Agatha Christie's Secret Notebooks

A fascinating exploration of the contents of Agatha Christie’s 73 recently discovered notebooks, including illustrations, deleted extracts, and two unpublished Poirot stories.

When Agatha Christie died in 1976, aged 85, she had become the world’s most popular author. With sales of more than two billion copies worldwide in more than 100 countries, she had achieved the impossible – more than one book every year since the 1920s, every one a bestseller.

So prolific was Agatha Christie’s output – 66 crime novels, 20 plays, 6 romance books under a pseudonym and over 150 short stories – it was often claimed that she had a photographic memory. Was this true? Or did she resort over those 55 years to more mundane methods of working out her ingenious crimes?

Following the death of Agatha’s daughter, Rosalind, at the end of 2004, a remarkable secret was revealed. Unearthed among her affairs at the family home of Greenway were Agatha Christie’s private notebooks, 73 handwritten volumes of notes, lists and drafts outlining all her plans for her many books, plays and stories. Buried in this treasure trove, all in her unmistakable handwriting, are revelations about her famous books that will fascinate anyone who has ever read or watched an Agatha Christie story.

What is the ‘deleted scene’ in her first book, The Mysterious Affair at Styles? How did the infamous twist in The Murder of Roger Ackroyd, really come about? Which very famous Poirot novel started life as an adventure for Miss Marple? Which books were designed to have completely different endings, and what were they?

Full of details she was too modest to reveal in her own Autobiography, this remarkable new book includes a wealth of extracts and pages reproduced directly from the notebooks and her letters, plus for the first time two newly discovered complete Hercule Poirot short stories never before published.

Read an extract from Agatha Christie’s Secret Notebooks

Buy Agatha Christie’s Secret Notebooks on Amazon

Mike’s Review

The recently departed and much-missed Keith Waterhouse once described stationery as being pornography for writers. Other writers nod their head in agreement. Most writers I know ogle new pens and pencils, slaver over filing boxes, and even boxes of coloured paperclips fill us with glee. But nothing more so than a notebook.

Writers like Hemingway and Bruce Chatwin were devotees of the chic and ultra-expensive Moleskine notebooks from Paris, but there were no such pretensions for Agatha Christie. I loved the new book by John Curran, Agatha Christie’s Secret Notebooks, as soon as I opened it and saw the endpapers. For there are the covers of her notebooks reproduced in all their simple glory. Yes, I thought, she used a Lion Brand Cash Book, a Silverine Exercise Book, a Marvel Exercise Book (price one old shilling). You can still buy Lion Brand and Silverine notebooks today (I use one to keep my accounts in) and, of course, still buy the dozens of brilliant books that Dame Agatha sketched out in them.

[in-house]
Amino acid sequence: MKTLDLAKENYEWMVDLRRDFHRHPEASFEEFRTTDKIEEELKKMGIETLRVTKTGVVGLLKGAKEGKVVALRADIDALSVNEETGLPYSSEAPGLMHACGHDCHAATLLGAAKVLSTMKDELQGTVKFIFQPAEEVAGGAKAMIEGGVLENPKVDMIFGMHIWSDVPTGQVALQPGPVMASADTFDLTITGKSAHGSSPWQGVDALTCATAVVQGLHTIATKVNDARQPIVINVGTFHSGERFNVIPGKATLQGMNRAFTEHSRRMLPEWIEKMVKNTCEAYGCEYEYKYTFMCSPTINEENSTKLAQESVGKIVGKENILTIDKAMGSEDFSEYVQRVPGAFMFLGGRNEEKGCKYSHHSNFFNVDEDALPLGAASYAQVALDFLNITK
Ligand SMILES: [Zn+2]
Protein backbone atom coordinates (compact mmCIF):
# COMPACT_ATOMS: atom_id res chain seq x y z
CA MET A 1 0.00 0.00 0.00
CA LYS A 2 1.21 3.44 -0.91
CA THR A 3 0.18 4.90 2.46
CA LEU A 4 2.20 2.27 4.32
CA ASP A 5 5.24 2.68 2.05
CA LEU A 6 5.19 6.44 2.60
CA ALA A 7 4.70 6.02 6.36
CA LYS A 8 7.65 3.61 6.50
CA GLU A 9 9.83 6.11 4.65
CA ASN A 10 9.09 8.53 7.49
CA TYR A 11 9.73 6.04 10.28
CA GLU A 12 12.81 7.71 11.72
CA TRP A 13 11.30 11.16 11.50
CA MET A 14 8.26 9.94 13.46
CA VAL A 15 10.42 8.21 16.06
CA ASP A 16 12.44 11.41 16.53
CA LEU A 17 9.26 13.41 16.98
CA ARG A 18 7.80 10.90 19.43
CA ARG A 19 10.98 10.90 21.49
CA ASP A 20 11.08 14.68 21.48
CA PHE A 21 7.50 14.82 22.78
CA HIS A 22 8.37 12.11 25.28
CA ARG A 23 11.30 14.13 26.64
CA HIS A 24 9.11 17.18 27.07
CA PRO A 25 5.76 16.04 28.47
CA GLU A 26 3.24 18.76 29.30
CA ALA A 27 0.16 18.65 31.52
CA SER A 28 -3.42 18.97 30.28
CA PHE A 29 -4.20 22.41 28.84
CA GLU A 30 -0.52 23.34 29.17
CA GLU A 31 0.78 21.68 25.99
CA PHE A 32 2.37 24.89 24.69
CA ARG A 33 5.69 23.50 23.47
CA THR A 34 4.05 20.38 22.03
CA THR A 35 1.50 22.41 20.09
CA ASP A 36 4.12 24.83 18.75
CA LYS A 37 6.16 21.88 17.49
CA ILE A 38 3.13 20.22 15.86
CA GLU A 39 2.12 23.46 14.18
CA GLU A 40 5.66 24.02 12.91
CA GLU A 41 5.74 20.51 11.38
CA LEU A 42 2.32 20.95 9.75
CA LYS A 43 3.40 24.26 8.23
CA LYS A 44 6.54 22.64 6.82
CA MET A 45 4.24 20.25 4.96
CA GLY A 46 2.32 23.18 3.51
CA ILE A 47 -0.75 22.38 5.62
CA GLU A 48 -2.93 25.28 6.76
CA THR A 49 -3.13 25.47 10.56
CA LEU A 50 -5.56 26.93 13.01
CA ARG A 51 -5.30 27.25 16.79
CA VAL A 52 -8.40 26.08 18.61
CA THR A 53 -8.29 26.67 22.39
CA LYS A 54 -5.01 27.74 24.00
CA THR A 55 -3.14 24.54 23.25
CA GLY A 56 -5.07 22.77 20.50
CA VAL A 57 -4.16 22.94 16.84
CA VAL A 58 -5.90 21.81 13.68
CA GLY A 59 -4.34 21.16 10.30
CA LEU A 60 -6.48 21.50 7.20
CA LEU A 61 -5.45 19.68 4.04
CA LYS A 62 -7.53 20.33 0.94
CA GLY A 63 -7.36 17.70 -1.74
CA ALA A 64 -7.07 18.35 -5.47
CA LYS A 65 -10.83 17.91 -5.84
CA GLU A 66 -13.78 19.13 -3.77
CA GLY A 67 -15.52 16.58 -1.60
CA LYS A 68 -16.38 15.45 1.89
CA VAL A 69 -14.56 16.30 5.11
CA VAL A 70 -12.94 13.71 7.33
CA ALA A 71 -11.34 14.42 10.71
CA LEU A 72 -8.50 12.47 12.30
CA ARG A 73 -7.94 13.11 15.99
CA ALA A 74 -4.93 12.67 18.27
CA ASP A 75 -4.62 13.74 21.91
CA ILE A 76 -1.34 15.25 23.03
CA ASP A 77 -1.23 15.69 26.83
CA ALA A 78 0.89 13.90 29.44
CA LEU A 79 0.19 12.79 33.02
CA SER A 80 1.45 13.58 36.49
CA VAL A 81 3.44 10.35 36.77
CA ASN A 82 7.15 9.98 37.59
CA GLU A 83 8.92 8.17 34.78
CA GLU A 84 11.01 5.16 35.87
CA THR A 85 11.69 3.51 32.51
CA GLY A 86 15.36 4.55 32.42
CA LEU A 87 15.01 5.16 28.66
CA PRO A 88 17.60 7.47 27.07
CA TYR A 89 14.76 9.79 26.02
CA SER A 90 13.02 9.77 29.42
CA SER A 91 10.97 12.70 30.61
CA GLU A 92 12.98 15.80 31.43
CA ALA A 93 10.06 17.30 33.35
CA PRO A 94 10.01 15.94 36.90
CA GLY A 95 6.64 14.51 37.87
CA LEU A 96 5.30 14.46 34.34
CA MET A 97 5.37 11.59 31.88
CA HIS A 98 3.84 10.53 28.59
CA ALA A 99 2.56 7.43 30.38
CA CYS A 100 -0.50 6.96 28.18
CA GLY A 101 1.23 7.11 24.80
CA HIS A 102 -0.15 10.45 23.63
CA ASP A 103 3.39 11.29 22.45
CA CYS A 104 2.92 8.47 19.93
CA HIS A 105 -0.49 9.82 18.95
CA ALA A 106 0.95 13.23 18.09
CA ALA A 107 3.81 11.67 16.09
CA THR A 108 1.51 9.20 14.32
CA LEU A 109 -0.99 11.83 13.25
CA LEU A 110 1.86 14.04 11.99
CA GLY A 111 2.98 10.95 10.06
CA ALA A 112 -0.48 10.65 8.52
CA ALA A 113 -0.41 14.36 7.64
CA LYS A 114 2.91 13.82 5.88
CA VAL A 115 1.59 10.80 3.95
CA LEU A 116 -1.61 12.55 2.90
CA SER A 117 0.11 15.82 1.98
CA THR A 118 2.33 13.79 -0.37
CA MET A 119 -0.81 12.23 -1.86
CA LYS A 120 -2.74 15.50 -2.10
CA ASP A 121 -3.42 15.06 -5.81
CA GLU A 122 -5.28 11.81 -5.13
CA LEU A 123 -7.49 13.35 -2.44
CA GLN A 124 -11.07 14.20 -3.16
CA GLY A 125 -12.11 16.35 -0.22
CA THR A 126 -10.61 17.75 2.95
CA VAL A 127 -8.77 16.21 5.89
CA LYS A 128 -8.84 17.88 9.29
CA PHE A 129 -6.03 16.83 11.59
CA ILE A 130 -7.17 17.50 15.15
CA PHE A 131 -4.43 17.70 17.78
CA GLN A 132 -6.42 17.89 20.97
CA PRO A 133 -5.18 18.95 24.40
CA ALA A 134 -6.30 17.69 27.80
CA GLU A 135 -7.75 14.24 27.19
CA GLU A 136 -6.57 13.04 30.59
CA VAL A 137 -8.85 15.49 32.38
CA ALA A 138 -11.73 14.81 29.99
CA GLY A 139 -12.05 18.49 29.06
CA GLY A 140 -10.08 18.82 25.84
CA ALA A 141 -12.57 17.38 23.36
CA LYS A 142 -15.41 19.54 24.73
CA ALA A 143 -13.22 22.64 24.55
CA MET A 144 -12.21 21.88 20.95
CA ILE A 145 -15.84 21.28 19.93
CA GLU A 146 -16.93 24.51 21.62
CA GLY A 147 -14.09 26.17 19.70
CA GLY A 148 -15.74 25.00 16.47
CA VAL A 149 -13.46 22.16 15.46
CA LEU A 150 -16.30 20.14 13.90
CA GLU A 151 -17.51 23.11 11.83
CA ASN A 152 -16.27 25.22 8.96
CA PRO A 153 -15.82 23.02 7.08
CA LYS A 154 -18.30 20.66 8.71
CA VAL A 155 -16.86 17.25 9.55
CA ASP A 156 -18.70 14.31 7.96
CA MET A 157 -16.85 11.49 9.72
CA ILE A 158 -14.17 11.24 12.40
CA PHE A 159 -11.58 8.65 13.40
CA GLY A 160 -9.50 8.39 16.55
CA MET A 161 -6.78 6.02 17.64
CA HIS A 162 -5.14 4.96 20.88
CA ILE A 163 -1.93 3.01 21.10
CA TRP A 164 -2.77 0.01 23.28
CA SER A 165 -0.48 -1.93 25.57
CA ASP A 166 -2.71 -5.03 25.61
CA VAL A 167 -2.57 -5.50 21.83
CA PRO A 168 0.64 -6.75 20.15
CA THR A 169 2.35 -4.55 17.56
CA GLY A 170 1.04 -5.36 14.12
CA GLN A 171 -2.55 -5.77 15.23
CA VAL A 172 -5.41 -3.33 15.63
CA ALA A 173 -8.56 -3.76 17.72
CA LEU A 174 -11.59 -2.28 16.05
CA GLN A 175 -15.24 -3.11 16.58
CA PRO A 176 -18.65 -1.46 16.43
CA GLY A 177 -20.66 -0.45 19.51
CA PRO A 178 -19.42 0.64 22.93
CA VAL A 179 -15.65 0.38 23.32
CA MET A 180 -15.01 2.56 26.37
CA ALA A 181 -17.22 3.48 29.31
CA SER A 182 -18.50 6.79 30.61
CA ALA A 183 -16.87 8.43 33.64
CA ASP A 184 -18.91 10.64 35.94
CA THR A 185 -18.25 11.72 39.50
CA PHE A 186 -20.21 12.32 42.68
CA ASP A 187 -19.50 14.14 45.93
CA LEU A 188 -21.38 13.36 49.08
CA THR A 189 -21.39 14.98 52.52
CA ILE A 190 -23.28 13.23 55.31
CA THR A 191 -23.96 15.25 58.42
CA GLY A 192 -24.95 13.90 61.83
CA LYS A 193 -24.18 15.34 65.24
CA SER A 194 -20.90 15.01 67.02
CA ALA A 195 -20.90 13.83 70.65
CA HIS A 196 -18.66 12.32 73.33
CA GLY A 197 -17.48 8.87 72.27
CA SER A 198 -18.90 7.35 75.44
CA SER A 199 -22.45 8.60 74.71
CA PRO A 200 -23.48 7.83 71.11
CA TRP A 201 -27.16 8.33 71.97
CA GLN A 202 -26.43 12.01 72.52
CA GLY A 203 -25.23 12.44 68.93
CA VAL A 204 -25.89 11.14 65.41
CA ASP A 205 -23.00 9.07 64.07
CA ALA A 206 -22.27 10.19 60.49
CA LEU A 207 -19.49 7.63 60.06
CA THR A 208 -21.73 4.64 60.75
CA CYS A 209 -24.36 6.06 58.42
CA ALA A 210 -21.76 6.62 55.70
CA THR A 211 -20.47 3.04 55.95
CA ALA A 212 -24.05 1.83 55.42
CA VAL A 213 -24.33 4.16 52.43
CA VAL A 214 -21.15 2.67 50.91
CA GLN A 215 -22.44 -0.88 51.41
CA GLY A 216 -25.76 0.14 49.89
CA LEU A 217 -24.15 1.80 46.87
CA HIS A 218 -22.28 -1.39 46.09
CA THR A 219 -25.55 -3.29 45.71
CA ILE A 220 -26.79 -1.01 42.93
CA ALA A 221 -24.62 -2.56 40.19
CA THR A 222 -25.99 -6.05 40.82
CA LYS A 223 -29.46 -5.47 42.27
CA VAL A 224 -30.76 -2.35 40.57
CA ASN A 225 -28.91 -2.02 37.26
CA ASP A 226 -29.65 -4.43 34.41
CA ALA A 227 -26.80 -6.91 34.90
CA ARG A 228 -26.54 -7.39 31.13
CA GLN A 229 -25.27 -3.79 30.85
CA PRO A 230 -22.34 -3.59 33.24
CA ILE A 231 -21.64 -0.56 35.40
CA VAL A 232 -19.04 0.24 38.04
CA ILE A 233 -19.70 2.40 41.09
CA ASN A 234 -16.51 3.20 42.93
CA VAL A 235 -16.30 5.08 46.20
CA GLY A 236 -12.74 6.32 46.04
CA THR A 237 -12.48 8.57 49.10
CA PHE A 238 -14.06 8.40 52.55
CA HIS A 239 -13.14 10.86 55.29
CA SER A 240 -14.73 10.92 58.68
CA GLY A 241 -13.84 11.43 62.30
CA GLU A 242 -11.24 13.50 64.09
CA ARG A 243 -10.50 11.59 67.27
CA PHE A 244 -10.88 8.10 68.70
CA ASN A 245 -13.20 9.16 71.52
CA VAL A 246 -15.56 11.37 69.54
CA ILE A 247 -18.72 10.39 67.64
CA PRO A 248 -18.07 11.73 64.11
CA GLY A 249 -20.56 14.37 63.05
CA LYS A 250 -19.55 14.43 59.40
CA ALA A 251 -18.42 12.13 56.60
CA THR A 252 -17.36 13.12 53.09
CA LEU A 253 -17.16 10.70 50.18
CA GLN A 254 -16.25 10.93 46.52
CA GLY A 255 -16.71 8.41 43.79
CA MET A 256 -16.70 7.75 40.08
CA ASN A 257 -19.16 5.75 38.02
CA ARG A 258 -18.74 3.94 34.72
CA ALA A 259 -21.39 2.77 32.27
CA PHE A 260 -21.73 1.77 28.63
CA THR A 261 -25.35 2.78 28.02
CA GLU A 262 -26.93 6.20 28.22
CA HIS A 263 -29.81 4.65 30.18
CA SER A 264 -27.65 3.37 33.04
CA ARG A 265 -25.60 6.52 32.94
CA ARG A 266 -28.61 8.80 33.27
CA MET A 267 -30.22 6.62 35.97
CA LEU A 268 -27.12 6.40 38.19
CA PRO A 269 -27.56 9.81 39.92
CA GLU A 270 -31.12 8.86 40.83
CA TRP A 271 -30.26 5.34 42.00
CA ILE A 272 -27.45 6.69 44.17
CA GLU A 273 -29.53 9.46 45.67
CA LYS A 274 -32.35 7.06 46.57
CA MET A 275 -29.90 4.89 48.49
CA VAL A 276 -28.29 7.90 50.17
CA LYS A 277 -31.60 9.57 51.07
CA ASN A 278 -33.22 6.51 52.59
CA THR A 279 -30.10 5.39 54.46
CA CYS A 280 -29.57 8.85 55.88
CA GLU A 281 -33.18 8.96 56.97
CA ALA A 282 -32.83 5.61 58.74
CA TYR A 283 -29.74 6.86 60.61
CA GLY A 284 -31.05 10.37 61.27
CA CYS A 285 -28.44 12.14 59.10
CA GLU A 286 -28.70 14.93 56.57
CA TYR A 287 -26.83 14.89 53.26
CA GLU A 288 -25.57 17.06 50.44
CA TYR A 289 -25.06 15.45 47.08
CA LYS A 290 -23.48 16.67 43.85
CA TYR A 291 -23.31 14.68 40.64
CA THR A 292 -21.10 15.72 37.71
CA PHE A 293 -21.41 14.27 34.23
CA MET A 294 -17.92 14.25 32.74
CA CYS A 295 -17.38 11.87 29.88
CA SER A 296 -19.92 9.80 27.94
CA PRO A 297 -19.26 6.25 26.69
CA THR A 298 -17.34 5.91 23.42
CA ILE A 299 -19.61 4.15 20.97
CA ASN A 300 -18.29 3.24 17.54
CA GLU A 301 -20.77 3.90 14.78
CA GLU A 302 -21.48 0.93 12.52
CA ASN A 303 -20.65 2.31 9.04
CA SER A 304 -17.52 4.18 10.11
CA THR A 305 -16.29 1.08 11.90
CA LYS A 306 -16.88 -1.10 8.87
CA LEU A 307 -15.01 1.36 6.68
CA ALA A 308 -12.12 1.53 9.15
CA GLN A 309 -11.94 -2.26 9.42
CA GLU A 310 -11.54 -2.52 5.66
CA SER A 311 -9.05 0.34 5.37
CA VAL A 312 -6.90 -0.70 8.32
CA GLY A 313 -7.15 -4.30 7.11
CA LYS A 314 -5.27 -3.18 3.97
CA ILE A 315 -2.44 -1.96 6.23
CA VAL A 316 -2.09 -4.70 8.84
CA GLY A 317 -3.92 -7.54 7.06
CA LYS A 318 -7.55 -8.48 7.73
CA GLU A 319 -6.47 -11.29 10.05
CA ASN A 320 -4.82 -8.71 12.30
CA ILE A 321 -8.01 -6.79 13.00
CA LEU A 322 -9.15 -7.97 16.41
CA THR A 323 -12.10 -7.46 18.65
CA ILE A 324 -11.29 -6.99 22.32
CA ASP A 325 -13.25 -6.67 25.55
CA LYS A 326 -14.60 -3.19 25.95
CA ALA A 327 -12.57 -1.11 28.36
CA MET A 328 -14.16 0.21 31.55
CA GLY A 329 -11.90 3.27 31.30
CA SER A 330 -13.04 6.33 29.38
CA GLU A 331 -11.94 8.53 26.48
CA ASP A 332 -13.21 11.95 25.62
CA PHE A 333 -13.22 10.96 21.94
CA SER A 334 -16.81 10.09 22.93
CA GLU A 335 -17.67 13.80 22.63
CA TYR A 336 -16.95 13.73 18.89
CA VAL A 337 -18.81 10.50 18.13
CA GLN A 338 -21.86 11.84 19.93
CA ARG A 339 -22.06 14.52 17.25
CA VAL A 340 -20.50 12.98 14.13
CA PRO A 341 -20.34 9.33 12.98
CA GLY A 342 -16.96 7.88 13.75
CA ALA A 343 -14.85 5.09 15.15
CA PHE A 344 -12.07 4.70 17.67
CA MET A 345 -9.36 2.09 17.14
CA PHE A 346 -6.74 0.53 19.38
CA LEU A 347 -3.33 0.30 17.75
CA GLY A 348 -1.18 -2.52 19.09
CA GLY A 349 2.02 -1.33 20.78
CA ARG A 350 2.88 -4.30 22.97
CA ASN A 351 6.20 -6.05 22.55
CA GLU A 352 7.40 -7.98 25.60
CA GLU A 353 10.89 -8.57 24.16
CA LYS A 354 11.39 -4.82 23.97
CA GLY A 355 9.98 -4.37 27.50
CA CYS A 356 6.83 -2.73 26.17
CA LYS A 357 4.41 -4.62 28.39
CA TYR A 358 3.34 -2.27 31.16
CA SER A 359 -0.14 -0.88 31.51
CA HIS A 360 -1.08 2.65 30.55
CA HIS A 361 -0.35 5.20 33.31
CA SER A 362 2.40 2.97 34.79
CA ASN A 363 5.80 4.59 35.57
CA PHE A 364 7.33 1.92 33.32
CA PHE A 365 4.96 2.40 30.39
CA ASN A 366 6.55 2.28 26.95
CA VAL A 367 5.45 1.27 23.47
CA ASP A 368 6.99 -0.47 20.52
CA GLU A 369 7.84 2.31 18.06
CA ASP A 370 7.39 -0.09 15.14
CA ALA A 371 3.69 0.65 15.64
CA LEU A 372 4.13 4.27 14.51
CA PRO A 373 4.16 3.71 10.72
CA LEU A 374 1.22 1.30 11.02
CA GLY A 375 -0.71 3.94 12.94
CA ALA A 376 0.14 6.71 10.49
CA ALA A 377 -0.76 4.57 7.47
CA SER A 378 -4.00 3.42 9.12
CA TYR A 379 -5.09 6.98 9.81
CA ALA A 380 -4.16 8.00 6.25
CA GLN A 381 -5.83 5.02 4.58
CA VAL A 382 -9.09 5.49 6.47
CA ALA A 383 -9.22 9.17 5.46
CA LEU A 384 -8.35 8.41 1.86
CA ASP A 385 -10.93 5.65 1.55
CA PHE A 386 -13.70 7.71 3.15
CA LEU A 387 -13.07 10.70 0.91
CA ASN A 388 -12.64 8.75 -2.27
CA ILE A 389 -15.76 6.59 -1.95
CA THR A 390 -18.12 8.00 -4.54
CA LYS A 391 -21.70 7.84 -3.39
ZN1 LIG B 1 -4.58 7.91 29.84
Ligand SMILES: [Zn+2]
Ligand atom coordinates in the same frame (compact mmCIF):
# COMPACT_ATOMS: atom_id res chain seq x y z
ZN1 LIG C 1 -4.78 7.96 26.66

And very sketchy they were, for the most part. The author John Curran was faced with a more Herculean task than even Poirot had to contend with. The notebooks are not chronological, and though they are numbered, they’re not used in numerical order. Notes for books, plays and stories years apart would appear in the same notebook, and the author’s handwriting was notoriously hard to read. It needed someone with an encyclopaedic knowledge of Agatha Christie’s work to make sense of the books, and Curran certainly has that. For years he edited the Agatha Christie Newsletter, and is currently writing a doctoral thesis on Agatha Christie at Trinity College, Dublin.

This is no dry academic book, though, but an entertaining read that will fascinate Agatha’s loyal fans. We read how she considered sending Miss Marple to deal with Death on the Nile but felt Poirot would be more at home in the foreign setting, how she often plotted a story without knowing which of the characters would be the victim or the villain, and how unplanned many of her works were, even though the reader would assume they had to be meticulously plotted-out in advance.

 The Secret Notebooks are a testimony to the amazing skills – and the dedication – of this modest woman from Torquay, who turned into the best-selling modern writer in the world. The inclusion of two previously unpublished Poirot stories is a nice bonus, even if they’re not her greatest works. I’d recommend buying the hardback too, just to see those lovely endpapers.

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